Sunday Masses
7 am, 9 am, 11 am and 5 pm
 
Saturday Vigil Mass:  5 pm
 
Weekday Masses
Monday - Friday:  8:15 am
 
Saturday7 am
 
Adoration with Benediction
Every first Friday of each month.  Mass at 8:15 am Adoaration to follow.
 
Novena to Our Lady
of Perpetual Help
Monday - Friday: 7:50 am
 
Sacrament of Reconciliation (Confession)
Every Saturday from
4:00 - 4:30 pm
or by appointment
 
Lent is coming fast and we need your palm branches.  So please bring in your BLESSED PALMS from last year.  You may place them in the bins provided in the church or the parish office.
 
 
ASH WEDNESDAY (February 26, 2020)
The following is our schedule for Ash Wednesday
* 8:15 am: Mass
* 5 pm: Mass
* 7 pm: Mass
There will be distribuon of ashes at all of the above services.
 
Clergy Page week of February 9, 2020
 
A CHURCH FULL OF SALTY PEOPLE
       In our culture we understand the word “Salty” to mean that someone is angry.  And when we call somebody a “Salty” person it’s not normally with a meaning of affection.   In fact, it’s kind of said in a mean and condescending tone.  Haven’t you ever told someone, “Wow, why you gotta be so salty?”  Translated, “Oh, I’m sorry, it seems to me that you’re upset.”  (Proper English grammar)  So the connotation of being “Salty” just doesn’t sit well with us.  This week Matthew recounts the words of Jesus who calls us the “Salt of the earth.”  At first, I thought of me being a salty person, then I thought, surely Jesus didn’t mean it in the context of what I understood being salty meant to me.  Of course not, It’s Jesus.  This is what He means.
      So, what do I see as I stand behind the Ambo looking out into the congregation?  Yes, I see a lot of salty people.  But not the bad meaning of salty.  You see, each of us flavors the world in a different way.  Take for example tourists who come to Hawaii for a vacation.  They come only with life knowledge from where they live, but because of the Aloha Spirit, the way they’re treated and the kindness of most people (I’m not going to say all people,)  they return home with a little of that Aloha Spirit.  They were flavored by their experience of our Island life, they are changed, and they take that back with them and people there will notice this change and say, “Wow, I want to go to Hawaii.”  On the flip side we come away from the experience of learning something new that we might not have experienced ever in our lives, from them.  So now we’re flavored by the way they act or live and some of that stays here with us.  It works both ways and that’s how salt works, it changes the flavor of something and makes it even better.
      When I was in Deacon school there was a Deacon who changed me with salt from the Kauai salt ponds.  He was from Kauai, so I think he got his salt from the Kauai salt ponds.  The brand of salt he used was called humility.  Our class was continuously Lomied or massaged with this salt called humility until the day of our Ordination. And the men and women who entered into formation came out changed, different and more humble people.  We were flavored.  But getting back to our mission as followers of Christ, we all are meant to be that flavoring, that influence that introduces a change in peoples lives, revealers of a forgiving, loving and merciful God.  At some point it happened to us in our lives and it’s evident because we’re all here and now it should continue to be cultivated until it covers the whole world.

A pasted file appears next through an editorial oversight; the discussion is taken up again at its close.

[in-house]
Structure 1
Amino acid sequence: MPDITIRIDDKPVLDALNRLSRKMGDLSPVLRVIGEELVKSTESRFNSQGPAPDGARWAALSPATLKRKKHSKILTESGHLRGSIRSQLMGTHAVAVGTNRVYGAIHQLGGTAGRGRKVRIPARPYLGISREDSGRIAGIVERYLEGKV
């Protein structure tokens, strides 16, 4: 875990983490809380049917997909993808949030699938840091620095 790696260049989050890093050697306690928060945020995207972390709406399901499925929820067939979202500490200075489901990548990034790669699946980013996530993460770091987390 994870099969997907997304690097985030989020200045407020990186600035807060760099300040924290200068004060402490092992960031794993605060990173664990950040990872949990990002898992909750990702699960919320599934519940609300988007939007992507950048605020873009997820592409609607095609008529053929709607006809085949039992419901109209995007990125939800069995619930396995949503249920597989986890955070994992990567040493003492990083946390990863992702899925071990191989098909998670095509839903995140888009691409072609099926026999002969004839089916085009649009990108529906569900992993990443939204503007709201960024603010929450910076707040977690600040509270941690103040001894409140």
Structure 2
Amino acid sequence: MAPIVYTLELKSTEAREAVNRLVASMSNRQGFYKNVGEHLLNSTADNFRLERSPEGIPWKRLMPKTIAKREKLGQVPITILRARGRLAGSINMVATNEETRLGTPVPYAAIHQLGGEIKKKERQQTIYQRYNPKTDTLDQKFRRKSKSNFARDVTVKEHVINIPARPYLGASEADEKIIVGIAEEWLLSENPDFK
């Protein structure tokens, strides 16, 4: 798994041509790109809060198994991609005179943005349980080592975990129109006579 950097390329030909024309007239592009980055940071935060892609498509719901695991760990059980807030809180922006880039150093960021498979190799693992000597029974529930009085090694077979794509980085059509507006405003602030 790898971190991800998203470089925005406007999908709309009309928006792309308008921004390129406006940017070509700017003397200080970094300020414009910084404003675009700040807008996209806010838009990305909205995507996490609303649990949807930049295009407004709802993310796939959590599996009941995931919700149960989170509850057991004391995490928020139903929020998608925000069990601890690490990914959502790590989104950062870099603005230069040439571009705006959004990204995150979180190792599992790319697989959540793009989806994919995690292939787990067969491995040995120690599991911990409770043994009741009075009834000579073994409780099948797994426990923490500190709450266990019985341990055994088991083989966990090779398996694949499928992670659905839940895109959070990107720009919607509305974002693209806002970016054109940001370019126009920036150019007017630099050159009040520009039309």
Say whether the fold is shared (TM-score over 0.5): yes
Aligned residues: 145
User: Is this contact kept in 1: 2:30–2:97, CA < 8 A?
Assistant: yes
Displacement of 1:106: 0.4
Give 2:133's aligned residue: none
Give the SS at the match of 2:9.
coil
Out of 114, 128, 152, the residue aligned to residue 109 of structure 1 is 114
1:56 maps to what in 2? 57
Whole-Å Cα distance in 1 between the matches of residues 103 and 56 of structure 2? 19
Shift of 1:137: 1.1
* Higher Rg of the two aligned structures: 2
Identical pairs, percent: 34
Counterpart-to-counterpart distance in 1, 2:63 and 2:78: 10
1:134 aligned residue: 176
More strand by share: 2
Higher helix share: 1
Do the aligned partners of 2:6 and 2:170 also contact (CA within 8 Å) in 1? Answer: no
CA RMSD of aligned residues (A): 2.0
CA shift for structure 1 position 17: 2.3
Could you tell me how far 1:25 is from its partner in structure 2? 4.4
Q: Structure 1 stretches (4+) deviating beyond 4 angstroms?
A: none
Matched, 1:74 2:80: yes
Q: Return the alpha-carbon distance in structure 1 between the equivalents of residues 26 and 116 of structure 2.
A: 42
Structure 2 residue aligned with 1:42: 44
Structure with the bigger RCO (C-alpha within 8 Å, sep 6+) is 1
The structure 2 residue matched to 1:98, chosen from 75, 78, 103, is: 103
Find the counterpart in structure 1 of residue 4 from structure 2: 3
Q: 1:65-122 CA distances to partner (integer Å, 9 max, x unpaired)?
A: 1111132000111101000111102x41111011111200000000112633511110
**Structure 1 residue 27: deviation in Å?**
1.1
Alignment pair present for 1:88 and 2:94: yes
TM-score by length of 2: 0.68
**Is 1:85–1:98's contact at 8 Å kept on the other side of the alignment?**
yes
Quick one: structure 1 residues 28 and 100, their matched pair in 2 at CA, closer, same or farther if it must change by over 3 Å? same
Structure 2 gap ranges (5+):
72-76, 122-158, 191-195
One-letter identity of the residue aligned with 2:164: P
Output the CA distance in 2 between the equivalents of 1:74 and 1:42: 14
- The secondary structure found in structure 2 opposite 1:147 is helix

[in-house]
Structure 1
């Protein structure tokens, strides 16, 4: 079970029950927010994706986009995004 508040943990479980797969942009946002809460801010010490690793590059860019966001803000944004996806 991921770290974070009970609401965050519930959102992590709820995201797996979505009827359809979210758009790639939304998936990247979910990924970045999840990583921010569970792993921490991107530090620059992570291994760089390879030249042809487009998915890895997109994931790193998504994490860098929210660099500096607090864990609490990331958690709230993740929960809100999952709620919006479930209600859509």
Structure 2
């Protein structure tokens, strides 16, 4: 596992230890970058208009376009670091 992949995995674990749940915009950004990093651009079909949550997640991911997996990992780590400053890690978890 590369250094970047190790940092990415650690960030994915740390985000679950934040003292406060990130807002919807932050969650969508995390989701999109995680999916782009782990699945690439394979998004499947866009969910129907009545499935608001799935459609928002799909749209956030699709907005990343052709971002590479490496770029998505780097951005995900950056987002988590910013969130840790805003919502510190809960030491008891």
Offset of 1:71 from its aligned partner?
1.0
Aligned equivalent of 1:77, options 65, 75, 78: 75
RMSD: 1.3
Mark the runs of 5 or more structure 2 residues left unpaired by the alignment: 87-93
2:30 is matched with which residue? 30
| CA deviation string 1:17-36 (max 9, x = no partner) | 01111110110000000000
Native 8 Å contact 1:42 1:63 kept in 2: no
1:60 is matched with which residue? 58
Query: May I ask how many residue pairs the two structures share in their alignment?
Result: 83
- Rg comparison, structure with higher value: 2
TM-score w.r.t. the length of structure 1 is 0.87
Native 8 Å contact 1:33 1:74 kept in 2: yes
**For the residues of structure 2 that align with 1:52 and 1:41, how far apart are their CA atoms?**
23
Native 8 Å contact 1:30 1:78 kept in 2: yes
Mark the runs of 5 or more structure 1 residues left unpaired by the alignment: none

If you are a visual person, I’ll use the image of why Jesus also called us the light of the world, imagine this, at the Easter Vigil we enter a darkened church with just the lit Paschal candle.  Slowly one by one all other candles are lit from it.  The light spreads and the darkness recedes until the church is filled with the light of hundreds of candles. This is how our faith is spread. We live our lives as salt or light or both.  The outcome of that should be that others see it and say “Wow, I want to be a follower of Christ.”
This week let’s pray for those who live their flavorless lives in darkness.
 
Peace, Deacon Eric
 
Last Published: February 7, 2020 1:53 AM
 
Click Below

 
(Daily Readings from
the U.S. Conference
of Catholic Bishops website)
 
What's New
 
Master Plan Update
February 2, 2020
Click the link below for the latest Master Plan Update which includes the lastest Master Plan Diagram.  Note the location of the new Church.
 
 
February 2020 Schedules
The February EMHC and Lector & Commentator schedules are posted in the "Parish News, Schedules & Calendar" section.
 
 
February 15th, Saturday
7 am - Mass (Church)
5 pm - Vigil Mass (Church)
 
February 16th, Sunday
6th Sunday in
Ordinary Time
Masses: 7 am, 9 am,
11 am & 5 pm (Church)
 6:15 pm - Life Night
(Church, Breezeway)
 
February 17th, Monday
Parish Office - CLOSED -
President's Day Holiday
8:15 am - Mass (Church)
 
February 18th, Tuesday
8:15 am - Mass (Church)
 
February 19th, Wednesday
8:15 am - Mass (Church)
 
February 20th, Thursday
8:15 am - Mass (Church)
 
February 21st, Friday
8:15 am - Mass (Church)
 
February 22nd, Saturday
7 am - Mass (Church)
5 pm - Vigil Mass (Church)
 
February 23rd, Sunday
7th Sunday in
Ordinary Time
Masses: 7 am, 9 am,
11 am & 5 pm (Church)
 6:15 pm - Life Night
(Church, Breezeway)
 
 
Did you know that OLPH Parish offers eGiving using Faith Direct?  Click on the logo below to sign-up for eGiving or for more information.
 
 

Next weekend,
February 22nd & 23rd,
is Cup of Noodles
Weekend.
 
Please bring your donations to Mass. Your generosity is definitely making a positive impact to our brothers and  sisters in our community!
 
Feel free to donate any other non-perishable items as well. 
Donations can be dropped off at church or the parish office.
 
Mahalo !
 
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